Assuntos
/etnologia , Refugiados/estatística & dados numéricos , Adulto , Butão/etnologia , Feminino , Conhecimentos, Atitudes e Prática em Saúde , Humanos , Masculino , Pessoa de Meia-Idade , Mianmar/etnologia , Exposição Ocupacional/estatística & dados numéricos , Pandemias , Fatores de Risco , Fatores Sexuais , Fatores Socioeconômicos , Estados Unidos/epidemiologia
3.
PLoS One ; 15(12): e0243005, 2020.
Artigo em Inglês | MEDLINE | ID: mdl-33259555

RESUMO

AIM: To determine the prevalence and causes of blindness, vision impairment and cataract surgery coverage among Rohingya refugees aged ≥ 50 years residing in camps in Cox's Bazar, Bangladesh. METHODS: We used the Rapid Assessment of Avoidable Blindness (RAAB) methodology to select 76 clusters of 50 participants aged ≥ 50 years with probability proportionate to size. Demographic and cataract surgery data were collected using questionnaires, visual acuity was assessed per World Health Organization criteria and examinations were conducted by torch, and with direct ophthalmoscopy in eyes with pinhole-corrected vision <6/12. RAAB software was used for data entry and analysis. RESULTS: We examined 3,629 of 3800 selected persons (95.5%). Age and sex adjusted prevalence of blindness (<3/60), severe visual impairment (SVI; >3/60 to ≤6/60), moderate visual impairment (MVI; >6/60 to ≤6/18), and early visual impairment (EVI; >6/18 to ≤6/12) were 2.14%, 2.35%, 9.68% and 14.7% respectively. Cataract was responsible for 75.0% of blindness and 75.8% of SVI, while refractive error caused 47.9% and 90.9% of MVI and EVI respectively. Most vision loss (95.9%) was avoidable. Cataract surgical coverage among the blind was 81.2%. Refractive error was detected in 17.1% (n = 622) of participants and 95.2% (n = 592) of these did not have spectacles. In the full Rohingya cohort of 76,692, approximately 10,000 surgeries are needed to correct all eyes impaired (<6/18) by cataract, 12,000 need distance glasses and 73,000 require presbyopic correction. CONCLUSION: The prevalence of blindness was lower than expected for a displaced population, in part due to few Rohingya being ≥60 years and the camp's good access to cataract surgery. We suggest the United Nations High Commissioner for Refugees include eye care among recommended health services for all refugees with long-term displacement.


Assuntos
Cegueira/prevenção & controle , Cegueira/cirurgia , Extração de Catarata/estatística & dados numéricos , Refugiados/estatística & dados numéricos , Idoso , Idoso de 80 Anos ou mais , Bangladesh , Cegueira/epidemiologia , Cegueira/etiologia , Feminino , Humanos , Masculino , Pessoa de Meia-Idade , Mianmar/epidemiologia , Mianmar/etnologia , Presbiopia/epidemiologia , Prevalência , Erros de Refração/epidemiologia , Resultado do Tratamento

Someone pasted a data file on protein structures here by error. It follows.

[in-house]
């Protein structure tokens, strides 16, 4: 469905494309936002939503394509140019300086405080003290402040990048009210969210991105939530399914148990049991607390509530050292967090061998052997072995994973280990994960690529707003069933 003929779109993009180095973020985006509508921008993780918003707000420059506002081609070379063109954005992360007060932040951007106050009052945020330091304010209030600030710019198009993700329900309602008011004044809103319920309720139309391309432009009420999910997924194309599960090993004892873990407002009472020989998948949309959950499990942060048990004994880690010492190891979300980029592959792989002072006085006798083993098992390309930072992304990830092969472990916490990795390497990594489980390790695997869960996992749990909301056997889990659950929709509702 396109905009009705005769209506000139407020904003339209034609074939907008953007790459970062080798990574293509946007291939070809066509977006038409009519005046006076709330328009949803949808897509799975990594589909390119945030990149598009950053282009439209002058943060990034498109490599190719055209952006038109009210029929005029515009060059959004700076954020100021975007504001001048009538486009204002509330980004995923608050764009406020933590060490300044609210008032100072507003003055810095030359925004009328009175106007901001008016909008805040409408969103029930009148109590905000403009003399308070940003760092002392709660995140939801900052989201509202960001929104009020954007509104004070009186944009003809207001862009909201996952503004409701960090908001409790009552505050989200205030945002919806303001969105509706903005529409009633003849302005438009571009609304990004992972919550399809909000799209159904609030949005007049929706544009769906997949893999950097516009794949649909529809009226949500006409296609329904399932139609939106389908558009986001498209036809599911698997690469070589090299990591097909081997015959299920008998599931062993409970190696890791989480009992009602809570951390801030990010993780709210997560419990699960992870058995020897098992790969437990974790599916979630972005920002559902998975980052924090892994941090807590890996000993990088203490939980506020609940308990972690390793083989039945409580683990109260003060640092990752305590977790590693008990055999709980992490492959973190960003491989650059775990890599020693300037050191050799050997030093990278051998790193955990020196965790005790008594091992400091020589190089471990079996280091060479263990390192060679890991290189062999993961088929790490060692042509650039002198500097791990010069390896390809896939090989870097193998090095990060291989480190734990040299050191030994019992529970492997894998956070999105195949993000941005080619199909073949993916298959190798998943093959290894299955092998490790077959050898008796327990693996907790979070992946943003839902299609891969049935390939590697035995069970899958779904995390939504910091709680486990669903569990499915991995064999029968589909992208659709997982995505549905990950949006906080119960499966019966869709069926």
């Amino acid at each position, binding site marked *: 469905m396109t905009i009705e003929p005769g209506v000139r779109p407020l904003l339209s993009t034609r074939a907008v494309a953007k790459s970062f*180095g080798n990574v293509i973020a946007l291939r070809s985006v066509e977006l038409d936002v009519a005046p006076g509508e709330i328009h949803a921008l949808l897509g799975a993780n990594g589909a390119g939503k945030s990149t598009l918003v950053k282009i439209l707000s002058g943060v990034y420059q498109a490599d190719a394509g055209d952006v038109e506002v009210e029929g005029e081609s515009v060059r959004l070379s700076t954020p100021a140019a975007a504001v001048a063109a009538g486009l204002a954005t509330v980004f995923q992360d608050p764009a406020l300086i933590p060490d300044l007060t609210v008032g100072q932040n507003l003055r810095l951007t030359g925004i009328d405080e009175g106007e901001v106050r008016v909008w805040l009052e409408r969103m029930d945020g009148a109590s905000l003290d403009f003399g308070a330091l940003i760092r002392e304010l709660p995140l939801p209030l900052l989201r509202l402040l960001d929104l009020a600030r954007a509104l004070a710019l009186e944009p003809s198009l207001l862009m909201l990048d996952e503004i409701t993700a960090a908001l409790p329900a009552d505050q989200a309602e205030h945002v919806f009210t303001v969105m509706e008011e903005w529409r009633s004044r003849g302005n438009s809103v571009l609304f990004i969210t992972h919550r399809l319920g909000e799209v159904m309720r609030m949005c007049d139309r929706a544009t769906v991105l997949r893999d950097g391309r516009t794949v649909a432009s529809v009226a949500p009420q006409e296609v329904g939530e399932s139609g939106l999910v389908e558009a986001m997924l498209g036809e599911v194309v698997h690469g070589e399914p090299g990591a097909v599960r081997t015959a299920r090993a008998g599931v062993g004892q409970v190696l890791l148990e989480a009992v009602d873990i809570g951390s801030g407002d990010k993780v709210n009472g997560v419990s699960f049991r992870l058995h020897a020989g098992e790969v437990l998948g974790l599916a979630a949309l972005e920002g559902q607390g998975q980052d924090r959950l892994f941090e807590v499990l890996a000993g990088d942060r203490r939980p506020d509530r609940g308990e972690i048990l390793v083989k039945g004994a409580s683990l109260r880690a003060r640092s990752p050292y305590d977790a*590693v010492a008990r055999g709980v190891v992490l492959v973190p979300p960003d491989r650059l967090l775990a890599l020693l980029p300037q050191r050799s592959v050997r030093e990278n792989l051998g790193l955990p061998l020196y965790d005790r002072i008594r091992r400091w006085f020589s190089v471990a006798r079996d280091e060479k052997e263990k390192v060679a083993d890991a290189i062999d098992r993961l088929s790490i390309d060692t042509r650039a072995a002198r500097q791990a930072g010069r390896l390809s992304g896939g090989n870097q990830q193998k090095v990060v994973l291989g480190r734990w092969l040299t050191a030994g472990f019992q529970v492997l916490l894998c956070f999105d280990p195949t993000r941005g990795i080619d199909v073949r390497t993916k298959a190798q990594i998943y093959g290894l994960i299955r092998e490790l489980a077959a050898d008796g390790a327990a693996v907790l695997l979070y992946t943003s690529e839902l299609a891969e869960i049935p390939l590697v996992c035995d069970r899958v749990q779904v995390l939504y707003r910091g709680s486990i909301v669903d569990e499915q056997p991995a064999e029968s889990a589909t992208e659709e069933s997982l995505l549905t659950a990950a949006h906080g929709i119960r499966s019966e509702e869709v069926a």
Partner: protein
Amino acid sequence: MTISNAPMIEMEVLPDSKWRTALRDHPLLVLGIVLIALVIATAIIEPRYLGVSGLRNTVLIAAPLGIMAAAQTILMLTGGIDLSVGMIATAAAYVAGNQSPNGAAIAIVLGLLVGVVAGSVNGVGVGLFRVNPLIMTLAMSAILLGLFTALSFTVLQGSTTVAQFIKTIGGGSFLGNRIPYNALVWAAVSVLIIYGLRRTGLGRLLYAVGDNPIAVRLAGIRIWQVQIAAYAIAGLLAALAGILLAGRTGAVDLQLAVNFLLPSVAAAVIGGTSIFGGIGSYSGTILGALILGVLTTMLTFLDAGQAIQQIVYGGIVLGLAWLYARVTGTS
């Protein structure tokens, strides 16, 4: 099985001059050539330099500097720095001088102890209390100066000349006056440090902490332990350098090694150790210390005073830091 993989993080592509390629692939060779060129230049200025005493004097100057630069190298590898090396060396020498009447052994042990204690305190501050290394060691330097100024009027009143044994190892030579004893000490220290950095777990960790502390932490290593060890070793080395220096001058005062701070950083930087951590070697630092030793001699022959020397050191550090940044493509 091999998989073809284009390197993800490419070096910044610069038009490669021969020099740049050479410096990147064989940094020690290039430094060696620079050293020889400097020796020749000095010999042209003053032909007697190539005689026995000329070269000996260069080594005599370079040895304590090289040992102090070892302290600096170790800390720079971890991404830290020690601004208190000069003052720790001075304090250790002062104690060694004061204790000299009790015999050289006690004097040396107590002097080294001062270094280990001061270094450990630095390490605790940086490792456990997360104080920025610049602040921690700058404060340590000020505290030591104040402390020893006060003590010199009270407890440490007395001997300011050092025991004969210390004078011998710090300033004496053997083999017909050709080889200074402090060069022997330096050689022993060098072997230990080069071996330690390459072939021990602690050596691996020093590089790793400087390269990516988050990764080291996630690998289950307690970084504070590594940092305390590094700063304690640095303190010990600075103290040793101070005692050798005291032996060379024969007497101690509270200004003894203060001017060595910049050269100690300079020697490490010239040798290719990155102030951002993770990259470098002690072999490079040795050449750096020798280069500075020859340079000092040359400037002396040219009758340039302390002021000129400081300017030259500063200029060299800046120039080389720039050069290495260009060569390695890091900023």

4.
Adv Chronic Kidney Dis ; 27(5): 427-433, 2020 09.
Artigo em Inglês | MEDLINE | ID: mdl-33308509

RESUMO

Racial, ethnic, socioeconomic, age, and sex-related health disparities in kidney disease are prominent in the United States. The Coronavirus Disease 2019 (COVID-19) pandemic has disproportionately affected marginalized populations. Older adults, people experiencing unstable housing, racial and ethnic minorities, and immigrants are potentially at increased risk for infection and severe complications from COVID-19. The direct and societal effects of the pandemic may increase risk of incident kidney disease and lead to worse outcomes for those with kidney disease. The rapid transition to telemedicine potentially limits access to care for older adults, immigrants, and people experiencing unstable housing. The economic impact of the pandemic has had a disproportionate effect on women, minorities, and immigrants, which may limit their ability to manage kidney disease and lead to complications or kidney disease progression. We describe the impact of COVID-19 on marginalized populations and highlight how the pandemic may exacerbate existing disparities in kidney disease.


Assuntos
/epidemiologia , Status Econômico/estatística & dados numéricos , Emigrantes e Imigrantes/estatística & dados numéricos , Grupos Étnicos/estatística & dados numéricos , Disparidades nos Níveis de Saúde , Disparidades em Assistência à Saúde/estatística & dados numéricos , Pessoas em Situação de Rua/estatística & dados numéricos , Nefropatias/epidemiologia , Fatores Etários , Equidade em Saúde , Disparidades em Assistência à Saúde/etnologia , Humanos , Nefropatias/etnologia , Refugiados/estatística & dados numéricos , Fatores Sexuais , Classe Social , Imigrantes Indocumentados/estatística & dados numéricos , Estados Unidos/epidemiologia
5.
Global Health ; 16(1): 118, 2020 12 17.
Artigo em Inglês | MEDLINE | ID: mdl-33334370

RESUMO